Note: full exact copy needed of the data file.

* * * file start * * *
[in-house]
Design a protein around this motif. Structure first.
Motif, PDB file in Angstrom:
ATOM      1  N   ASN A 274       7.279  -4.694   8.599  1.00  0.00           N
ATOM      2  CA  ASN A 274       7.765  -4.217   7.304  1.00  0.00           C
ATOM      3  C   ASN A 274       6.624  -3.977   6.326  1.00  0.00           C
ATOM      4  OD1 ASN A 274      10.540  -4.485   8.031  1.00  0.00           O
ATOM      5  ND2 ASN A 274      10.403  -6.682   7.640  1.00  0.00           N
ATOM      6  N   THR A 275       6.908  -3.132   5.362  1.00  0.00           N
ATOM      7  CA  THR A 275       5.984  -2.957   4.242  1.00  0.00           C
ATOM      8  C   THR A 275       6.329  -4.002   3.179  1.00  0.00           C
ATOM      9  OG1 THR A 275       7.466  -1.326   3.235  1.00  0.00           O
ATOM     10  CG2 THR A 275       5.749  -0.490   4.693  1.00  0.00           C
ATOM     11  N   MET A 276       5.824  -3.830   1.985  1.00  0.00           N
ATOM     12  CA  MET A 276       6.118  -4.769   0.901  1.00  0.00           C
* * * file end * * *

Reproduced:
[in-house]
Design a protein around this motif. Structure first.
Motif, PDB file in Angstrom:
ATOM      1  N   ASN A 274       7.279  -4.694   8.599  1.00  0.00           N
ATOM      2  CA  ASN A 274       7.765  -4.217   7.304  1.00  0.00           C
ATOM      3  C   ASN A 274       6.624  -3.977   6.326  1.00  0.00           C
ATOM      4  OD1 ASN A 274      10.540  -4.485   8.031  1.00  0.00           O
ATOM      5  ND2 ASN A 274      10.403  -6.682   7.640  1.00  0.00           N
ATOM      6  N   THR A 275       6.908  -3.132   5.362  1.00  0.00           N
ATOM      7  CA  THR A 275       5.984  -2.957   4.242  1.00  0.00           C
ATOM      8  C   THR A 275       6.329  -4.002   3.179  1.00  0.00           C
ATOM      9  OG1 THR A 275       7.466  -1.326   3.235  1.00  0.00           O
ATOM     10  CG2 THR A 275       5.749  -0.490   4.693  1.00  0.00           C
ATOM     11  N   MET A 276       5.824  -3.830   1.985  1.00  0.00           N
ATOM     12  CA  MET A 276       6.118  -4.769   0.901  1.00  0.00           C